Actualidad Poland

Changes in the rules on corporate governance for listed companies

Best Practice for GPW Listed Companies 2016

From 1st January 2016, companies listed on the Warsaw Stock Exchange will have to apply the corporate governance regulations contained in the current Best practice code for listed companies, approved in October.

In line with the latest international codes published recently, such as Spain’s Code of good governance for publicly traded companies, Japan’s Corporate governance code, and Colombia’s New Country Code, the recommendations in this code follow the “comply or explain” principle. Thus, the annual corporate governance reports of listed companies must explain whether they fulfil the recommendations or not, and if not, give the reasons why they have not implemented them, so that the Stock Exchange can be aware of their compliance.

The document makes the following recommendations in its six chapters:

  • Policy of information disclosure and communication with investors. Companies must have a policy for disseminating information in an effective and transparent fashion. They must also ensure easy, non-discriminatory access to information. One of the changes from the previous regulation is that they can have their own website, not necessarily hosted in the Warsaw Stock Exchange’s domain, which will serve as the main means for publishing information and communicating with investors.
  • Management board and supervisory board. Companies will have to promote diversity of gender, education, age and professional experience among the members of the management board and supervisory board, which must spend sufficient time on performing their duties effectively. Specifically, the supervisory board should be made up of at least two independent members, and in order to fulfil their obligations properly, the board of directors must give the supervisor access to all the information considered necessary.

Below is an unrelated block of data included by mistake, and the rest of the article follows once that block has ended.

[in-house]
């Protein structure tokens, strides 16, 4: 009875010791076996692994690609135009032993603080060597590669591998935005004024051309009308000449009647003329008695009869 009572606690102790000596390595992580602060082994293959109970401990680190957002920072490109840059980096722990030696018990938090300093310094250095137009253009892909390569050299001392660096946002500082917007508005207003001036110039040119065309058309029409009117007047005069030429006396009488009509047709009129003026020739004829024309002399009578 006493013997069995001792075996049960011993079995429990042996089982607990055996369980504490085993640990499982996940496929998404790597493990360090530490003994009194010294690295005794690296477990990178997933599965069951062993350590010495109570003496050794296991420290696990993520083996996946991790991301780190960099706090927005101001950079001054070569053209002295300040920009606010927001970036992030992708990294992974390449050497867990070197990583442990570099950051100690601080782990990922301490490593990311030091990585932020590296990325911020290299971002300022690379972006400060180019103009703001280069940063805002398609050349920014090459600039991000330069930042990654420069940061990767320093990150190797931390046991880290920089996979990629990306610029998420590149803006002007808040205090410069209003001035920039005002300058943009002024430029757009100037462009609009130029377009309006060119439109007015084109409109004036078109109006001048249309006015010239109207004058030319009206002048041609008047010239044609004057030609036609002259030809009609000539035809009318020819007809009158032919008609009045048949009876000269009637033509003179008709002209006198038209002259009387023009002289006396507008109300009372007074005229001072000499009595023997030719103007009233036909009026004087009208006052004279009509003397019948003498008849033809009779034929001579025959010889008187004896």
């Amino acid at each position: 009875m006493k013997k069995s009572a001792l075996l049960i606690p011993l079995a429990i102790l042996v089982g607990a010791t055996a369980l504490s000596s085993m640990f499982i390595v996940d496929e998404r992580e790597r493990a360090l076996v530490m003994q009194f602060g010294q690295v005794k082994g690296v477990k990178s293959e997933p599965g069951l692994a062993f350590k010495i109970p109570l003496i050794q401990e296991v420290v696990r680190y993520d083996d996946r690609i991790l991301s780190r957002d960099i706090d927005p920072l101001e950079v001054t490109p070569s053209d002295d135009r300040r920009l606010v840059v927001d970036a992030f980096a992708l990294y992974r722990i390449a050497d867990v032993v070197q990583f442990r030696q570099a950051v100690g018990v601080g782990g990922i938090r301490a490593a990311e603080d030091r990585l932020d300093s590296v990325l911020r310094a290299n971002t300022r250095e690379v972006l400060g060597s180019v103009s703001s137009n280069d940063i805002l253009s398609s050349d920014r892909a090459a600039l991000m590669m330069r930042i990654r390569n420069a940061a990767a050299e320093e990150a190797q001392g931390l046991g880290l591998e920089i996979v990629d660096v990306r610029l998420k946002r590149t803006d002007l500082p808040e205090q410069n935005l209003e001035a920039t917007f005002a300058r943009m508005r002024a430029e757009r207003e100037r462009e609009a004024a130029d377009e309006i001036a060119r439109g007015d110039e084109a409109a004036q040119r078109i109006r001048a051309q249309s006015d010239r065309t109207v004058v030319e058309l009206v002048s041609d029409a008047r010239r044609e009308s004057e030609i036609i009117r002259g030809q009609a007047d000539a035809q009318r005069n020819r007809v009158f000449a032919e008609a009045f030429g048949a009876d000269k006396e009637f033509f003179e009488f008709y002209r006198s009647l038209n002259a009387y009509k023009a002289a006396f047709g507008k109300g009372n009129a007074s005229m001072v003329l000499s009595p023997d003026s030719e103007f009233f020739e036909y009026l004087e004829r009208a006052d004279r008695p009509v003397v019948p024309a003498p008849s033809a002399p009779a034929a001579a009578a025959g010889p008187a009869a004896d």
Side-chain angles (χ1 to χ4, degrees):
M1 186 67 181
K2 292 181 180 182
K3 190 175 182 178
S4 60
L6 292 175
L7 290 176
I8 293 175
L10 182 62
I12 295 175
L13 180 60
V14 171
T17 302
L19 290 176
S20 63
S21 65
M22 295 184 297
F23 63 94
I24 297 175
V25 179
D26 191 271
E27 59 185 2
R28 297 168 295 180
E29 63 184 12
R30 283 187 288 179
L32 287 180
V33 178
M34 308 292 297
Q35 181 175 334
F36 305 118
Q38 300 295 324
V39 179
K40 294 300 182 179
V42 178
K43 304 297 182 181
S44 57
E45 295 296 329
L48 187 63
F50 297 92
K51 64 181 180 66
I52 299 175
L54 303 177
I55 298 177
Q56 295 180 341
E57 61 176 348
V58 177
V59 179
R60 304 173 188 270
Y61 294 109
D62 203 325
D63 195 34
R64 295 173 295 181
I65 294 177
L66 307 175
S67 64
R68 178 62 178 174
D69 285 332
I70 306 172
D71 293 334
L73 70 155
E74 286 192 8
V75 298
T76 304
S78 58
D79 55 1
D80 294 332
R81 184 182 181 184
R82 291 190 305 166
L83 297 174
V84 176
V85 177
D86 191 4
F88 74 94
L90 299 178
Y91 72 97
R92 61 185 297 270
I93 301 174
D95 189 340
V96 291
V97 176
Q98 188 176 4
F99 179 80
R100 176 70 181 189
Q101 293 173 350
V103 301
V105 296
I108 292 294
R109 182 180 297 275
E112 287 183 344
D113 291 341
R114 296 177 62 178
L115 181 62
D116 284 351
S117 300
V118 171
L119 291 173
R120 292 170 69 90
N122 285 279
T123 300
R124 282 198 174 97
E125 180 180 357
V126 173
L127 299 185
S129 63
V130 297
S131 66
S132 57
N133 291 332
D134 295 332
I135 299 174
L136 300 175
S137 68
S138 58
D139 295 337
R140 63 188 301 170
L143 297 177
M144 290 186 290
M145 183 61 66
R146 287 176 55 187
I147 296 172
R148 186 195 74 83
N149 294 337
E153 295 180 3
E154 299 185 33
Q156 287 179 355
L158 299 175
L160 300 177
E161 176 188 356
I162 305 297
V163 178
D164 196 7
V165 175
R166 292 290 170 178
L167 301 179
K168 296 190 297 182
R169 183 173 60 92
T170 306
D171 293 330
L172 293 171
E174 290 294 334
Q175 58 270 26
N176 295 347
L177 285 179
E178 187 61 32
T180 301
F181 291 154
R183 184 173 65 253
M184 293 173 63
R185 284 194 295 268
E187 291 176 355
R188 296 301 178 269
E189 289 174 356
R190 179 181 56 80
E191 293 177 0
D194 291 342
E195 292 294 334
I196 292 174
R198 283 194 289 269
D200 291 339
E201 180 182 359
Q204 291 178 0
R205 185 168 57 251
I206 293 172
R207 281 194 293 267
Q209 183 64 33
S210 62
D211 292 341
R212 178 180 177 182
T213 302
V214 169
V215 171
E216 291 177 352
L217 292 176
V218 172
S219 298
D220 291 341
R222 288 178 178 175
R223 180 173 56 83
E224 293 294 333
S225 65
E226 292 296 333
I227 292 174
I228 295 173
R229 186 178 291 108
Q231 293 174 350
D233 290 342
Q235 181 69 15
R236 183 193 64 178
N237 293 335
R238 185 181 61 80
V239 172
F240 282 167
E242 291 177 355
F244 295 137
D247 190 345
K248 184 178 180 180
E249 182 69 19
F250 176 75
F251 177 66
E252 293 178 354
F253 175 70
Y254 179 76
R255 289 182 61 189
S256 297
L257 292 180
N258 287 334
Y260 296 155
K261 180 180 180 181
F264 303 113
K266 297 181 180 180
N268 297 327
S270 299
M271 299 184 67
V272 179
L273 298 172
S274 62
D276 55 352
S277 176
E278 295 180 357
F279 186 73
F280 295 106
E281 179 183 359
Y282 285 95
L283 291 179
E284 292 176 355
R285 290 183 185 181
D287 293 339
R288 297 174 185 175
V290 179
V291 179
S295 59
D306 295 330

•  Internal control systems. Companies must have effective internal control, risk management and compliance systems, as well as an effective internal audit function appropriate to their size and scale of activity. The units in charge of carrying out these functions must be separated, unless the company’s size or activity warrants their being combined. Those responsible for risk management, internal auditing and compliance should report directly to the Management board, the supervisory board or the audit committee.
  •  The General Meeting and shareholder relations. The Management and supervisory boards must ensure that shareholders are involved in the company’s affairs and that their rights and interests are respected.
  •  Conflicts of interest and related-party transactions. In their internal regulations, companies will have to specify how they prevent and identify potential conflicts of interest, as well as how to proceed in the event of these occurring. Members of the management and supervisory boards should avoid taking part in activities which could generate a conflict of interest for the institution or might affect their reputation. In any event, any conflict of interest generated should be reported at once.
  •  Remuneration policy. Companies must have a remuneration policy, at least for the members of the Management board and senior management, which must be publicly available and give an itemised break down of each individual’s compensation. The document recognises that remuneration should be sufficiently generous to retain and motivate staff responsible for managing and supervising the company, and should be decided with long term financial results in mind. Furthermore, remuneration of the supervisory board members may not have a variable component.

With these recommendations, the new code has adapted to several international corporate governance standards, although some of them are not very specific and leave room for interpretation. For this reason, the Warsaw Stock Exchange is preparing a manual to explain these recommendations and to provide companies with technical answers to help them comply with their information disclosure obligations.